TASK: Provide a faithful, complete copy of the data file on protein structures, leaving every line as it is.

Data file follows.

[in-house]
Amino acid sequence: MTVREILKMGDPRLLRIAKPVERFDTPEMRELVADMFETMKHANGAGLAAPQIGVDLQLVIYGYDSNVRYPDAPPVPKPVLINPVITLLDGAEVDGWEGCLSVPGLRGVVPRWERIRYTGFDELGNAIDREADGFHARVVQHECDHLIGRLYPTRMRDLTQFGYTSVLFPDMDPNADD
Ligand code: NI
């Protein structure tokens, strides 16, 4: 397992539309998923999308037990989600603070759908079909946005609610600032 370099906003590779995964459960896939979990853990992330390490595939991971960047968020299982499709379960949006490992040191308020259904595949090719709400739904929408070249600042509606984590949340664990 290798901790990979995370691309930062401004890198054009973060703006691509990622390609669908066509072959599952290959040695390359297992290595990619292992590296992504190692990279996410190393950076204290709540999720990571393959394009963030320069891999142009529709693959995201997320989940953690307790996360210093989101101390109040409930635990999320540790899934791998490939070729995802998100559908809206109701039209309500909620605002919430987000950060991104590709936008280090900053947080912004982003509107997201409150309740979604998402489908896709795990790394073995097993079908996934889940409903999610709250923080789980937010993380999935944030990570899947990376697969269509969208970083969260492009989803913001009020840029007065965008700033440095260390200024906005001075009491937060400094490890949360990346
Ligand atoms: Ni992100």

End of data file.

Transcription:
[in-house]
Amino acid sequence: MTVREILKMGDPRLLRIAKPVERFDTPEMRELVADMFETMKHANGAGLAAPQIGVDLQLVIYGYDSNVRYPDAPPVPKPVLINPVITLLDGAEVDGWEGCLSVPGLRGVVPRWERIRYTGFDELGNAIDREADGFHARVVQHECDHLIGRLYPTRMRDLTQFGYTSVLFPDMDPNADD
Ligand code: NI
């Protein structure tokens, strides 16, 4: 397992539309998923999308037990989600603070759908079909946005609610600032 370099906003590779995964459960896939979990853990992330390490595939991971960047968020299982499709379960949006490992040191308020259904595949090719709400739904929408070249600042509606984590949340664990 290798901790990979995370691309930062401004890198054009973060703006691509990622390609669908066509072959599952290959040695390359297992290595990619292992590296992504190692990279996410190393950076204290709540999720990571393959394009963030320069891999142009529709693959995201997320989940953690307790996360210093989101101390109040409930635990999320540790899934791998490939070729995802998100559908809206109701039209309500909620605002919430987000950060991104590709936008280090900053947080912004982003509107997201409150309740979604998402489908896709795990790394073995097993079908996934889940409903999610709250923080789980937010993380999935944030990570899947990376697969269509969208970083969260492009989803913001009020840029007065965008700033440095260390200024906005001075009491937060400094490890949360990346
Ligand atoms: Ni992100």